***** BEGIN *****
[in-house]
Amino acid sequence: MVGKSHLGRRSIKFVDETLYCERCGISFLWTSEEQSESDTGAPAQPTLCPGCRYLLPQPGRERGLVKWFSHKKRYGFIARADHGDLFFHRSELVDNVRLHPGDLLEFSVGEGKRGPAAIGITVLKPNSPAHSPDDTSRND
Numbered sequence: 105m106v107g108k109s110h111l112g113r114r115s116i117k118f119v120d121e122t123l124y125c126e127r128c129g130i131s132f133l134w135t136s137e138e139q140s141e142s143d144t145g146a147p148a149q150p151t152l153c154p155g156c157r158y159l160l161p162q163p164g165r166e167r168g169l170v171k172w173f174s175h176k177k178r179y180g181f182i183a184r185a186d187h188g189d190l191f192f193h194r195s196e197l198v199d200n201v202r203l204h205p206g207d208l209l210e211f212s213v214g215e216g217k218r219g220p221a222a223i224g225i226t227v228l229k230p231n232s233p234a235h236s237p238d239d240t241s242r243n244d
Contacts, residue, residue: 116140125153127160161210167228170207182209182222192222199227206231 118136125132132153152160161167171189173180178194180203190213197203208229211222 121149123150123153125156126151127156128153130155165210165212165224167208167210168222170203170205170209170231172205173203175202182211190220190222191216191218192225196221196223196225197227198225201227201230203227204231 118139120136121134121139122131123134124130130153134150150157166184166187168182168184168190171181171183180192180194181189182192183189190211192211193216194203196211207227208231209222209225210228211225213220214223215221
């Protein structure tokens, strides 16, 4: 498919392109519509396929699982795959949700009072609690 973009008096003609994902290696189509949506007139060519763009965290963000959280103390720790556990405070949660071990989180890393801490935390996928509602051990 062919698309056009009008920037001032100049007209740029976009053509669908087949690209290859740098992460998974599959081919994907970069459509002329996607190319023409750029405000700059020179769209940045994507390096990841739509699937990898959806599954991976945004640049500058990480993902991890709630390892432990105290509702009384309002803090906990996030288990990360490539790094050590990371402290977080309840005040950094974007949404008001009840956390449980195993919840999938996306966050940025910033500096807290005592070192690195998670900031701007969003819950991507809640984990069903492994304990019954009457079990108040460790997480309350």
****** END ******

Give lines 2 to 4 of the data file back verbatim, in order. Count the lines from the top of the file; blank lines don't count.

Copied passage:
Amino acid sequence: MVGKSHLGRRSIKFVDETLYCERCGISFLWTSEEQSESDTGAPAQPTLCPGCRYLLPQPGRERGLVKWFSHKKRYGFIARADHGDLFFHRSELVDNVRLHPGDLLEFSVGEGKRGPAAIGITVLKPNSPAHSPDDTSRND
Numbered sequence: 105m106v107g108k109s110h111l112g113r114r115s116i117k118f119v120d121e122t123l124y125c126e127r128c129g130i131s132f133l134w135t136s137e138e139q140s141e142s143d144t145g146a147p148a149q150p151t152l153c154p155g156c157r158y159l160l161p162q163p164g165r166e167r168g169l170v171k172w173f174s175h176k177k178r179y180g181f182i183a184r185a186d187h188g189d190l191f192f193h194r195s196e197l198v199d200n201v202r203l204h205p206g207d208l209l210e211f212s213v214g215e216g217k218r219g220p221a222a223i224g225i226t227v228l229k230p231n232s233p234a235h236s237p238d239d240t241s242r243n244d
Contacts, residue, residue: 116140125153127160161210167228170207182209182222192222199227206231 118136125132132153152160161167171189173180178194180203190213197203208229211222 121149123150123153125156126151127156128153130155165210165212165224167208167210168222170203170205170209170231172205173203175202182211190220190222191216191218192225196221196223196225197227198225201227201230203227204231 118139120136121134121139122131123134124130130153134150150157166184166187168182168184168190171181171183180192180194181189182192183189190211192211193216194203196211207227208231209222209225210228211225213220214223215221